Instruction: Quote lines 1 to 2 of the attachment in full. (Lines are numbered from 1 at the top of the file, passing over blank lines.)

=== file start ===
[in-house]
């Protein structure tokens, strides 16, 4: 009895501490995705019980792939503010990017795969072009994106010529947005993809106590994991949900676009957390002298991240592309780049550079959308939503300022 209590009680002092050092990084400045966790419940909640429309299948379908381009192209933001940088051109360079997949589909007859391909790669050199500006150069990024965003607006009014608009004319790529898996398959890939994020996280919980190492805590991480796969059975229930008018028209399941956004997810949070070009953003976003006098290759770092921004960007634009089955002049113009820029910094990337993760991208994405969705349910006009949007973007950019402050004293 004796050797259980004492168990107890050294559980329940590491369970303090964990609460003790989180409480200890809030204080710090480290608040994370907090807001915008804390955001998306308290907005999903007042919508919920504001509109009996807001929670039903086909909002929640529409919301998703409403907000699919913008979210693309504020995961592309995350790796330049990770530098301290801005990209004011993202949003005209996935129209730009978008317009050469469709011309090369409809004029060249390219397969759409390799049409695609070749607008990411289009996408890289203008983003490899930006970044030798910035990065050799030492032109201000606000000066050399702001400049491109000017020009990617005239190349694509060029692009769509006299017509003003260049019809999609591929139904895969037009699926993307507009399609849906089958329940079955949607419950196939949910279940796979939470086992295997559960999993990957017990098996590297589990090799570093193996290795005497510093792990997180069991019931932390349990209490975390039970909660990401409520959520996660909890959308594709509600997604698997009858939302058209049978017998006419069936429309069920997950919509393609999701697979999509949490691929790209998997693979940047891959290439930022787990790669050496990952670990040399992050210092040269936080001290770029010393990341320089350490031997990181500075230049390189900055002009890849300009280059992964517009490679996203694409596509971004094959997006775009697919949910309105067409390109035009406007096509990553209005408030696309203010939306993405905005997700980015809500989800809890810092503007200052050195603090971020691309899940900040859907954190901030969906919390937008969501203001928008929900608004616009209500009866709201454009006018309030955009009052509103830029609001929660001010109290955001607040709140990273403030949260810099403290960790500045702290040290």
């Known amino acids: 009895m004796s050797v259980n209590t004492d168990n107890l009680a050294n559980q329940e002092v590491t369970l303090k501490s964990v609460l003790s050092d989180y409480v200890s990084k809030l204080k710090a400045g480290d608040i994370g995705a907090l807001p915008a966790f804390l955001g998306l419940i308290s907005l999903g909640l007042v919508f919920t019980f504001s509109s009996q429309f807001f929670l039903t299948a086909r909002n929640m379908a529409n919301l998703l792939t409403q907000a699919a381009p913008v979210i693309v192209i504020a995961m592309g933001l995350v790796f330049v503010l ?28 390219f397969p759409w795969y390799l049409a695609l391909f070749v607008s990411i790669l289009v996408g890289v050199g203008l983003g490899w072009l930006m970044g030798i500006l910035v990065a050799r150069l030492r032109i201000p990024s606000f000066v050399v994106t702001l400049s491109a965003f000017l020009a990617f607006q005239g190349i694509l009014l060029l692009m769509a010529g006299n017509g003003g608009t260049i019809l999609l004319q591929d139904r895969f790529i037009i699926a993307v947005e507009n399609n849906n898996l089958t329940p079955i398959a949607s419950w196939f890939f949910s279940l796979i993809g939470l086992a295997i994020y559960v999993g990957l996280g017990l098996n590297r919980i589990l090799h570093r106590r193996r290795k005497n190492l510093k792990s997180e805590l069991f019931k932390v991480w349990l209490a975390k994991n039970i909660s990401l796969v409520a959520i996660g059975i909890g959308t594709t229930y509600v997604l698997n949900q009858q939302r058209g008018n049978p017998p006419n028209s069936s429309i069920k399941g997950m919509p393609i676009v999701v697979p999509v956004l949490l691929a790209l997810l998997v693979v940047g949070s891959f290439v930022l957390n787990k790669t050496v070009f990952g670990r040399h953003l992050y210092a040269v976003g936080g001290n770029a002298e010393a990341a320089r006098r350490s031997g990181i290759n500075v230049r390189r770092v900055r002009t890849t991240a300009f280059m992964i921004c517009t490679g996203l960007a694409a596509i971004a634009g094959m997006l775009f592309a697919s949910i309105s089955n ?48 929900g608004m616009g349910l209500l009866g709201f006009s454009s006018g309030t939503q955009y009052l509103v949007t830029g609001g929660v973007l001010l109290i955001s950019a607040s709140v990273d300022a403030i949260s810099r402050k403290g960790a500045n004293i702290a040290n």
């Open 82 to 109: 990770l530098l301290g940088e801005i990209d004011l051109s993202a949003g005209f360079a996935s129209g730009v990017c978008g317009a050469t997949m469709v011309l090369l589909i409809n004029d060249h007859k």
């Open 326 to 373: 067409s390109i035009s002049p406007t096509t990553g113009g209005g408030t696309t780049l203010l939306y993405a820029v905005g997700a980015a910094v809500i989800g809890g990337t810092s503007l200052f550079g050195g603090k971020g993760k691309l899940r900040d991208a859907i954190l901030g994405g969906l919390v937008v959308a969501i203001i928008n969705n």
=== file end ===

[in-house]
């Protein structure tokens, strides 16, 4: 009895501490995705019980792939503010990017795969072009994106010529947005993809106590994991949900676009957390002298991240592309780049550079959308939503300022 209590009680002092050092990084400045966790419940909640429309299948379908381009192209933001940088051109360079997949589909007859391909790669050199500006150069990024965003607006009014608009004319790529898996398959890939994020996280919980190492805590991480796969059975229930008018028209399941956004997810949070070009953003976003006098290759770092921004960007634009089955002049113009820029910094990337993760991208994405969705349910006009949007973007950019402050004293 004796050797259980004492168990107890050294559980329940590491369970303090964990609460003790989180409480200890809030204080710090480290608040994370907090807001915008804390955001998306308290907005999903007042919508919920504001509109009996807001929670039903086909909002929640529409919301998703409403907000699919913008979210693309504020995961592309995350790796330049990770530098301290801005990209004011993202949003005209996935129209730009978008317009050469469709011309090369409809004029060249390219397969759409390799049409695609070749607008990411289009996408890289203008983003490899930006970044030798910035990065050799030492032109201000606000000066050399702001400049491109000017020009990617005239190349694509060029692009769509006299017509003003260049019809999609591929139904895969037009699926993307507009399609849906089958329940079955949607419950196939949910279940796979939470086992295997559960999993990957017990098996590297589990090799570093193996290795005497510093792990997180069991019931932390349990209490975390039970909660990401409520959520996660909890959308594709509600997604698997009858939302058209049978017998006419069936429309069920997950919509393609999701697979999509949490691929790209998997693979940047891959290439930022787990790669050496990952670990040399992050210092040269936080001290770029010393990341320089350490031997990181500075230049390189900055002009890849300009280059992964517009490679996203694409596509971004094959997006775009697919949910309105067409390109035009406007096509990553209005408030696309203010939306993405905005997700980015809500989800809890810092503007200052050195603090971020691309899940900040859907954190901030969906919390937008969501203001928008929900608004616009209500009866709201454009006018309030955009009052509103830029609001929660001010109290955001607040709140990273403030949260810099403290960790500045702290040290």